Death Metal Underground

Stormbound Books bridges academic and popular writing about metal

January 23, 2014 –
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As people who enjoy heavy metal in all its forms and wish it to succeed, we keep an eye out for upcoming metal journalism and history projects that have a realistic yet spirited portrayal of the art form and its origins. One such project was , written by author Salva Rubio, who has now launched his newest venture, Stormbound Books.

Unlike most metal publishers so far, Stormbound Books aims to bridge the gulf between academic metal writing including histories, and the type of popular metal literature that exists for the music fan whose interest is primarily in the music and not the study of it. Read on for a description of the publisher, its team, and how it plans to conquer the world of metal journalism.

What will Stormbound Books offer that is not currently available to metalheads?

Shortly we will start offering what we call “Blast Reads” (studies longer than articles and shorter than regular books) dealing with specific points such as the influence of Gothic Rock music in Extreme Metal or the presence of Satan in Western culture and its culmination on Extreme Metal. We think that up to now, no other publisher offers these kind of studies on Metal.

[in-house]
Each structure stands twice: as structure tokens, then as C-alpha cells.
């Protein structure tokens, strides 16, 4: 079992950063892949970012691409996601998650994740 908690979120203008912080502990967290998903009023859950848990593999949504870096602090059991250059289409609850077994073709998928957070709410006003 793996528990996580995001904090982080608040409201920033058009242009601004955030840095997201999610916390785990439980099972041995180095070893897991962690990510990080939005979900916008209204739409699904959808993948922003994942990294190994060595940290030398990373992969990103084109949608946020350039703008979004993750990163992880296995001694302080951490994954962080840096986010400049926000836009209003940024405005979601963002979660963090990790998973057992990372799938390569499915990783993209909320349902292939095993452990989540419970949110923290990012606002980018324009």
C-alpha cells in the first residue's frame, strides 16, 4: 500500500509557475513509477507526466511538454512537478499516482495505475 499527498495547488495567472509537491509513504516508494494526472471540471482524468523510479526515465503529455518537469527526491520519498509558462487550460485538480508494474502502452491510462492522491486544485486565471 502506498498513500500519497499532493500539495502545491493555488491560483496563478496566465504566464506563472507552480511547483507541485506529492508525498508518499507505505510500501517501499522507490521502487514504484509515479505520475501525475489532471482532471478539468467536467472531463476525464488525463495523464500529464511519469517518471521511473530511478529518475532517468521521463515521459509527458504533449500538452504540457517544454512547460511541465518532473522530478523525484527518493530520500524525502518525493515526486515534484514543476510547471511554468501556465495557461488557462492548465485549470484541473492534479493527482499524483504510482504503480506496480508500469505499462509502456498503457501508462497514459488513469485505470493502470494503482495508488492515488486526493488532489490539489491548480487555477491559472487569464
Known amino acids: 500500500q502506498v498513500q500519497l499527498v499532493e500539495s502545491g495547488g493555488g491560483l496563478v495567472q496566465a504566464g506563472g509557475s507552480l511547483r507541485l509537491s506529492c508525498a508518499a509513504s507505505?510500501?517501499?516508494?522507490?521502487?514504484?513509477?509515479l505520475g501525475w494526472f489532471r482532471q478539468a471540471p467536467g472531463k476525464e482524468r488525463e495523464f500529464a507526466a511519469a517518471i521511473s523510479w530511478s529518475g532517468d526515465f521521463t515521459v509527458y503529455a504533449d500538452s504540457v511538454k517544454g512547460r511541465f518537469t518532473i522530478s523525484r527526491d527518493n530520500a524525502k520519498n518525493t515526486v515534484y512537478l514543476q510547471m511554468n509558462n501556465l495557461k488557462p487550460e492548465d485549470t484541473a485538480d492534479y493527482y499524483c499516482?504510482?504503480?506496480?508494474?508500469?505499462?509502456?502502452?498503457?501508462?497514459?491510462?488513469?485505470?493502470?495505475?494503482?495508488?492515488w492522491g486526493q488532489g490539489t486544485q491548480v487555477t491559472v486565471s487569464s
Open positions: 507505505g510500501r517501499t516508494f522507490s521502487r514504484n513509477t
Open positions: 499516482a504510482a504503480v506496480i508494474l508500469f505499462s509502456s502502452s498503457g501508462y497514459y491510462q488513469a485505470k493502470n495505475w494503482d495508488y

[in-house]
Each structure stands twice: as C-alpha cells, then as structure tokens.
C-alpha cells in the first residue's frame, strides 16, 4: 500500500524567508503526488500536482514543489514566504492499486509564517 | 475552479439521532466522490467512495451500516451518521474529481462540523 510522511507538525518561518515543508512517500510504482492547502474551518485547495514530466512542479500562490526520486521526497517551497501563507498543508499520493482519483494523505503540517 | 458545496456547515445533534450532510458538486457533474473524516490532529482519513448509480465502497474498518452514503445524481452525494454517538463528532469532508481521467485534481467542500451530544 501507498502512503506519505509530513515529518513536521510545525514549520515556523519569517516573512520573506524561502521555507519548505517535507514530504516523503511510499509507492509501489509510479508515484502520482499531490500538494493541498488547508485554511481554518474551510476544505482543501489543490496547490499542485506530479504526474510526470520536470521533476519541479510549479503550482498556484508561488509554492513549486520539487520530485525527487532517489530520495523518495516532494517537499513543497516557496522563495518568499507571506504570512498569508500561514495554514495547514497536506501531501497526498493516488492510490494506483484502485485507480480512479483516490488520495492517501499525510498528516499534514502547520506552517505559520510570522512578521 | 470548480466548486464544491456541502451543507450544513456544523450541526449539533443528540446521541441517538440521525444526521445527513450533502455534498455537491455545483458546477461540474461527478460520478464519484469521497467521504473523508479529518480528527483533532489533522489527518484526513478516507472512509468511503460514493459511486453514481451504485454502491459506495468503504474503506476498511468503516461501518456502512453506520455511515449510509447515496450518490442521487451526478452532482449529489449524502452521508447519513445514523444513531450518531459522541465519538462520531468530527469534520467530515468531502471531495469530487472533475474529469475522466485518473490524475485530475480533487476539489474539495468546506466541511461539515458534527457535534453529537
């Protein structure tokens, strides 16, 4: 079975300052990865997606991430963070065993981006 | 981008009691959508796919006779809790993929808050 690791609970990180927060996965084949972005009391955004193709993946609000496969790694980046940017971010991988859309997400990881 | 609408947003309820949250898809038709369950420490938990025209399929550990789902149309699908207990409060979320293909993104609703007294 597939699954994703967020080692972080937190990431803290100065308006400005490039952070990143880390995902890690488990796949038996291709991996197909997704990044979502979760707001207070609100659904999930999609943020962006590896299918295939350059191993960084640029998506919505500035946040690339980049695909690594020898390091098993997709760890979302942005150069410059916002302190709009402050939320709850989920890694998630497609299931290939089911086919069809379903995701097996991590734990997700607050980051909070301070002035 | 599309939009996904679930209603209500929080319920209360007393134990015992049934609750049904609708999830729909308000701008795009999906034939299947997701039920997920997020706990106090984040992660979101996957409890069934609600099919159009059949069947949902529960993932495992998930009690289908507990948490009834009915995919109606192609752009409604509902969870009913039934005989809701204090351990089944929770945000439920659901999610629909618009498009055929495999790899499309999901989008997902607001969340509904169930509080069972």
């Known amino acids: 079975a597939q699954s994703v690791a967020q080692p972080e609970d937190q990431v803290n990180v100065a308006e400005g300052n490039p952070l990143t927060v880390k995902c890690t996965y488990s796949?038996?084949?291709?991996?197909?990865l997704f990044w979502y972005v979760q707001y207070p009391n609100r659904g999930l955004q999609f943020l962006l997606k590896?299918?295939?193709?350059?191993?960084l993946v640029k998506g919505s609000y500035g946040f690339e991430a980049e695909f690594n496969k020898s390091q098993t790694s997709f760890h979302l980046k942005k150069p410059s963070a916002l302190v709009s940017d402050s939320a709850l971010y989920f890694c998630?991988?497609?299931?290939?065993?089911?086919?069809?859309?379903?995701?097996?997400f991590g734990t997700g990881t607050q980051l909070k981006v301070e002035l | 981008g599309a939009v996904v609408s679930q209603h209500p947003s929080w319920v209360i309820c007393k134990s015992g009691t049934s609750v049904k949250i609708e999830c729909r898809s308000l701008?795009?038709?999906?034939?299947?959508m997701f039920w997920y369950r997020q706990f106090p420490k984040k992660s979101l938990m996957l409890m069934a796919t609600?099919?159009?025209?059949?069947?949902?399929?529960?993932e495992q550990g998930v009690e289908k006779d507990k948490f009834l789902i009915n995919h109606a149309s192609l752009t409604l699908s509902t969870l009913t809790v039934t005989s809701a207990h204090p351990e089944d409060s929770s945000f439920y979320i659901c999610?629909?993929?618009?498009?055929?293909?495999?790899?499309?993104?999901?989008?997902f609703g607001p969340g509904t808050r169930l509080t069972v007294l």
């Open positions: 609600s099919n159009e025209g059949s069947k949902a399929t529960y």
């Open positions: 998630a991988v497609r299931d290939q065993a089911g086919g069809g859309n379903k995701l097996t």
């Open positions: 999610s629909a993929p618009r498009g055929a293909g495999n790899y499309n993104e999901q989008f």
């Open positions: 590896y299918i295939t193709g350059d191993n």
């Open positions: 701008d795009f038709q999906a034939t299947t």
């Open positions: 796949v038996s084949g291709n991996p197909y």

On the other hand, we will publish books dealing with larger subjects, and we will offer the English-speaking readers translations such as “Extreme Metal” by Salva Rubio, which has gotten great reviews in the Spanish speaking world, or “Slow Metal”, an study in doom, drone, sludge, etc currently in the works by the same author.

Who do you think are the people who will be interested in your texts?

We think there is a wide array of metalheads that can be interested in our books, starting with the newcomers (we will have some introductory guides for them, such as “Opening the Tomb: An Introduction to Extreme Metal,” “Extreme Metal Appreciation” or “Into the Abyss: Introduction to Death Metal”).

But also, we think experienced metalheads will find studies of their interest, such as the aforementioned “Diabolus in Arte: Satan in Western Culture and Extreme Metal” and other thematic studies currently in the works, such as “The Universe of H.P. Lovecraft in Extreme Metal” and the tentatively called “Battle Cries: War themes in Western Culture and Extreme Metal” which will be finished in the next months. Also, we are very open to the idea of publishing other authors. Check our guidelines and let us know of your projects.